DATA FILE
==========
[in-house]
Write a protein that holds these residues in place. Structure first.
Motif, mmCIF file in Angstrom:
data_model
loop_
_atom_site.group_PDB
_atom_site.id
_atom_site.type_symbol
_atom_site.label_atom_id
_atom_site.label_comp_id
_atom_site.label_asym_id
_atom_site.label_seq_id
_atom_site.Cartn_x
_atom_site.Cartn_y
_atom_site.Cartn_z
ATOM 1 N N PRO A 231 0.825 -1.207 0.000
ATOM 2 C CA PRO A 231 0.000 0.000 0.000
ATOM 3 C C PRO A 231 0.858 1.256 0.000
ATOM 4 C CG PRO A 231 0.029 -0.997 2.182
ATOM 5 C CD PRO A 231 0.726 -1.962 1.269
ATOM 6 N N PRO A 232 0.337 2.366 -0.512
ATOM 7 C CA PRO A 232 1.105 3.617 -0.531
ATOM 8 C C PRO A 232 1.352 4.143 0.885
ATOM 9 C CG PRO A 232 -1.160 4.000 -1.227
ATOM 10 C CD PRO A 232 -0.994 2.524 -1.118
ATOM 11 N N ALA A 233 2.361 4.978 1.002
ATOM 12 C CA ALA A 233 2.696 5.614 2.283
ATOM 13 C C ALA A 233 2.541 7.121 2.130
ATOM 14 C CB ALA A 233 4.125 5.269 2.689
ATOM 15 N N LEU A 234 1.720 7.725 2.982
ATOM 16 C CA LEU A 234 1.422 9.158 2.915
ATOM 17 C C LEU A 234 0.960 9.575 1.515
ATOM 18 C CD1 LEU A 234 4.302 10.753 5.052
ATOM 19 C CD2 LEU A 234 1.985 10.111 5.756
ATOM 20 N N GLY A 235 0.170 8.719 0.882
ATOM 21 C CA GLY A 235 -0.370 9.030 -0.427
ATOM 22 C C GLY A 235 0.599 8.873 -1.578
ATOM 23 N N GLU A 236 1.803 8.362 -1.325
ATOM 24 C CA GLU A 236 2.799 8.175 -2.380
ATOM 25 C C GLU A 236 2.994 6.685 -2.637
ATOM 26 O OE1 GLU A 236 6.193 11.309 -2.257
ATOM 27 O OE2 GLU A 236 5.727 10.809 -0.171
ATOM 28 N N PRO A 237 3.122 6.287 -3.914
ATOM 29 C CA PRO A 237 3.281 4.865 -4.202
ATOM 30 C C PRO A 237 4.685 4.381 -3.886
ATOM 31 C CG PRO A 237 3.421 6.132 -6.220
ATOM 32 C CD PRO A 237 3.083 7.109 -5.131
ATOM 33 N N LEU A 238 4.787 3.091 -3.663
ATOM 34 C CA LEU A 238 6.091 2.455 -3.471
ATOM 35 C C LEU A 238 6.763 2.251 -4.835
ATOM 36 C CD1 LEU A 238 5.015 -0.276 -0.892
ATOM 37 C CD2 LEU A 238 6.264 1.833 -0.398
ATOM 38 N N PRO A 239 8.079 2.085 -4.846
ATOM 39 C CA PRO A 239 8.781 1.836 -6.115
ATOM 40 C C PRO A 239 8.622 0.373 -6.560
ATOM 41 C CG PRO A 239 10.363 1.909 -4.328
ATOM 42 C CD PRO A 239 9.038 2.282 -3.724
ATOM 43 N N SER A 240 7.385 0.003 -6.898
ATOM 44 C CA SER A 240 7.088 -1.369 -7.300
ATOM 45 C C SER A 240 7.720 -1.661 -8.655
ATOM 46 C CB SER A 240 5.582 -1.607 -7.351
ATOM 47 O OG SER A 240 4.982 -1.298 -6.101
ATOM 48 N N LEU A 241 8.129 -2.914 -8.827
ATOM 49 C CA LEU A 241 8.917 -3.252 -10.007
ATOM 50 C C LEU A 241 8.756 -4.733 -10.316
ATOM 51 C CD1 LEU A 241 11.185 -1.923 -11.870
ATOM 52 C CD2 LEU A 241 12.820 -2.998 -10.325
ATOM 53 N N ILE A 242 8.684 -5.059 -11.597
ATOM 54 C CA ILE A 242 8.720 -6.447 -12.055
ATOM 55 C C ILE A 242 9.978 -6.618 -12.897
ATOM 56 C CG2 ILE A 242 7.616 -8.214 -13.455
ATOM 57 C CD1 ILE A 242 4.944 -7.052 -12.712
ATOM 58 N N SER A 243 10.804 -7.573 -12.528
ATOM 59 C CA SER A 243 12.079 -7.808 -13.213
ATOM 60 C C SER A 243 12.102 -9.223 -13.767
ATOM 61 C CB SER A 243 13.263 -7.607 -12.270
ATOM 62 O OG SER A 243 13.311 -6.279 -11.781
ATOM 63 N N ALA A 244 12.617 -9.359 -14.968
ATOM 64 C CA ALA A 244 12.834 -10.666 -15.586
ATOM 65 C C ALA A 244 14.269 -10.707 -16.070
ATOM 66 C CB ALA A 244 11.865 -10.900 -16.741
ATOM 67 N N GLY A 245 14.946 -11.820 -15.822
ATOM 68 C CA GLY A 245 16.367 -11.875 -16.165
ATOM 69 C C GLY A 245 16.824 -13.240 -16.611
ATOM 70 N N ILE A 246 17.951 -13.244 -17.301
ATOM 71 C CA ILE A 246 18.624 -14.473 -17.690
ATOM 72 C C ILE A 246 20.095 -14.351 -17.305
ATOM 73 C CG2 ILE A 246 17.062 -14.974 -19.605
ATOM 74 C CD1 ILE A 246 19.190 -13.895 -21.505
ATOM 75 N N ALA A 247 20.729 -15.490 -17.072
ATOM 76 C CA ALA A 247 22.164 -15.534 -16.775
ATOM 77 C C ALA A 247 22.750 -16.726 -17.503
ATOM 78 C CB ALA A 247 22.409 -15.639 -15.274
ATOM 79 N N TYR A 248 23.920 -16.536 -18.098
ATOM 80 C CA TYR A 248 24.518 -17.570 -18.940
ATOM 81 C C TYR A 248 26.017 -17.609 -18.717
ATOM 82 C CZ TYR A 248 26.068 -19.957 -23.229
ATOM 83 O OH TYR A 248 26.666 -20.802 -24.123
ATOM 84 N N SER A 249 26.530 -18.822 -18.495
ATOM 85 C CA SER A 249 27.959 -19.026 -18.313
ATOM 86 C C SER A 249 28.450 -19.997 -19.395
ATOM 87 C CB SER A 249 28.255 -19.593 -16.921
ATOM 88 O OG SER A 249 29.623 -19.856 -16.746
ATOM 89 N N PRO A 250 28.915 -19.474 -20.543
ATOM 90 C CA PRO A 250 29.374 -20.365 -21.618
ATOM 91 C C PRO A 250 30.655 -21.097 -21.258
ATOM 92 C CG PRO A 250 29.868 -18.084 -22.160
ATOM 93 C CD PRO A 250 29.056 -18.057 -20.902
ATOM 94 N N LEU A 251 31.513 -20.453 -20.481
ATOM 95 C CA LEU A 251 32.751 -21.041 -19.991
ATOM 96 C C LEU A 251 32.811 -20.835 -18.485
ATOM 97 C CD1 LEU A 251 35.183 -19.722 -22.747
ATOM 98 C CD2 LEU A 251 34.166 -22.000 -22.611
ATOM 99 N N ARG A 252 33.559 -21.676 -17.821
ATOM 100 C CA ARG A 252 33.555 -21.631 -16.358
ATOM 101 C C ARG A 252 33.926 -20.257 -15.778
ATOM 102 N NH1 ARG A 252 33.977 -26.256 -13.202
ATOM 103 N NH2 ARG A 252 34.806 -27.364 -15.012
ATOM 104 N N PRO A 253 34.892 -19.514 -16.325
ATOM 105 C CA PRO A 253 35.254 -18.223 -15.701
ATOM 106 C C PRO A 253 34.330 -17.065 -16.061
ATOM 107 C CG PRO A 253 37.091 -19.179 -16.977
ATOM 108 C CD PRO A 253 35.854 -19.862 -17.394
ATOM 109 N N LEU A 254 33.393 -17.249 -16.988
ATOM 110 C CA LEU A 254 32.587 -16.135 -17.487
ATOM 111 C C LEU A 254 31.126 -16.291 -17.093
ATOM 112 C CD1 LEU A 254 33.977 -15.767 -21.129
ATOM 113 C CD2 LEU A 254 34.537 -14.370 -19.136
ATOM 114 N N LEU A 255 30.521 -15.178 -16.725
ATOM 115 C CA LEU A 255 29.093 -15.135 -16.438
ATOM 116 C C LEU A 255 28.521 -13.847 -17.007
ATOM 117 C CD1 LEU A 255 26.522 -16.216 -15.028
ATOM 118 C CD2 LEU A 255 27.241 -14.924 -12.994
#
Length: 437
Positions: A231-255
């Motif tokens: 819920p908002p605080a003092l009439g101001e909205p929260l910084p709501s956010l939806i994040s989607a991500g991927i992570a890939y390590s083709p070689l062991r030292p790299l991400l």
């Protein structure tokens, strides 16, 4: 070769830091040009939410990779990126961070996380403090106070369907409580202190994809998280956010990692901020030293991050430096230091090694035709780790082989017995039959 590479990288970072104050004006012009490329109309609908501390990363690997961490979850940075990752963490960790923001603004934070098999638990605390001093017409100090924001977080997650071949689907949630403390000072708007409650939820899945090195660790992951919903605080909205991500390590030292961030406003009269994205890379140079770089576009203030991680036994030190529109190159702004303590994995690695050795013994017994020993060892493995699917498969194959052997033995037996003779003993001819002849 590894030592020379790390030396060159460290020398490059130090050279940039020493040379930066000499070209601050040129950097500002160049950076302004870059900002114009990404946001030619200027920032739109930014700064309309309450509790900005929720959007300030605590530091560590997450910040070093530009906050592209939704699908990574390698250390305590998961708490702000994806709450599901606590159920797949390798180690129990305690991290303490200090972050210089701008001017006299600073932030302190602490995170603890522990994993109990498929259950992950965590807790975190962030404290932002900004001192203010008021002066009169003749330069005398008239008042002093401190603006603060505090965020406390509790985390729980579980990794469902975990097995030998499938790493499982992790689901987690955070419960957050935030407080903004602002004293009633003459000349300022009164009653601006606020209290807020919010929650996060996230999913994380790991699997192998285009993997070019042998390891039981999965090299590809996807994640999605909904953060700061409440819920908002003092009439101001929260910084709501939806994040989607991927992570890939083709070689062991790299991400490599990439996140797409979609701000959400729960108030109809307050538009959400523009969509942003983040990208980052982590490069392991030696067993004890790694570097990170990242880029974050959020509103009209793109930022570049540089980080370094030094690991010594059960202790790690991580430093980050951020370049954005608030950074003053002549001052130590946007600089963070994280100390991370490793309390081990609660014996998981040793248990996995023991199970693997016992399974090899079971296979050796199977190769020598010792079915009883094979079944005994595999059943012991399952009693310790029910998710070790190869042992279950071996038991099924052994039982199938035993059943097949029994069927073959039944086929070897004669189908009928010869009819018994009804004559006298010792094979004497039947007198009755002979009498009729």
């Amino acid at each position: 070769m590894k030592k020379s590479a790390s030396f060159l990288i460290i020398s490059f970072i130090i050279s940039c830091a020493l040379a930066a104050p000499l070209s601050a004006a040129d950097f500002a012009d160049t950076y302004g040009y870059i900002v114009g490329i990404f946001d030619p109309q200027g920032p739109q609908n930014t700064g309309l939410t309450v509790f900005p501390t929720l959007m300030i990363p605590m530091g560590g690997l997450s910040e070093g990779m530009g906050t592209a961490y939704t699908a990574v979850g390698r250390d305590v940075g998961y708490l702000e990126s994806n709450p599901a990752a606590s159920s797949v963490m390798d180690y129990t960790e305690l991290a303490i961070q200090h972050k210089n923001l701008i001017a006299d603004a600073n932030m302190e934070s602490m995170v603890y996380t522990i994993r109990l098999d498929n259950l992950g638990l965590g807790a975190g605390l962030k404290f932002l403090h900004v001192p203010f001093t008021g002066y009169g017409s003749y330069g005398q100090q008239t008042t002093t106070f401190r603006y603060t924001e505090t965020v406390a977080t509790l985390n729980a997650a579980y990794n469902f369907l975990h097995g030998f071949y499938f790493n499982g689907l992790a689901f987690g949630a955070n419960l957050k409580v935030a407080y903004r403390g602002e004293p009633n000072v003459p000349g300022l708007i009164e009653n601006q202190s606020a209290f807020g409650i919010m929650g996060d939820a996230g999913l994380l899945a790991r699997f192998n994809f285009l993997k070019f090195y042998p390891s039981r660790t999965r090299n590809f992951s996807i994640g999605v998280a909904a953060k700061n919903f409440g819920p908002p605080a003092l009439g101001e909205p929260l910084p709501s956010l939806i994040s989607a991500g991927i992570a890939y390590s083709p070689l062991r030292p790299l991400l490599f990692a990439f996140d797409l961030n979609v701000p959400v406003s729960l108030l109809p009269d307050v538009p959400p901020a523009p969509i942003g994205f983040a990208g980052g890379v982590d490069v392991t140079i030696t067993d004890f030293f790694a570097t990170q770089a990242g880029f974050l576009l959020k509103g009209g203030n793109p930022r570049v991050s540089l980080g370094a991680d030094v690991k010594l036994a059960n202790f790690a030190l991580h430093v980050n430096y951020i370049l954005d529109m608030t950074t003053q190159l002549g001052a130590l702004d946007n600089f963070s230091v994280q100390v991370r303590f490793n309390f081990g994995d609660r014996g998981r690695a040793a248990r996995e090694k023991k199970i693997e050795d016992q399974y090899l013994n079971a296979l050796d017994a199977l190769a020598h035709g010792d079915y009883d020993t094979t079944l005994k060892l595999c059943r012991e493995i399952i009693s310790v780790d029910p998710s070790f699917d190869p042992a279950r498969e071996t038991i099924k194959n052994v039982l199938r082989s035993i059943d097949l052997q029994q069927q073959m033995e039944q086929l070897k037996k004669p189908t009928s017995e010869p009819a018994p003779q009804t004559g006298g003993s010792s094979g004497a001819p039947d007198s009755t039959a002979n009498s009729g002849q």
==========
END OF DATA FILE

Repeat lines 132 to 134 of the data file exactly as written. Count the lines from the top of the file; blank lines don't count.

ATOM 117 C CD1 LEU A 255 26.522 -16.216 -15.028
ATOM 118 C CD2 LEU A 255 27.241 -14.924 -12.994
#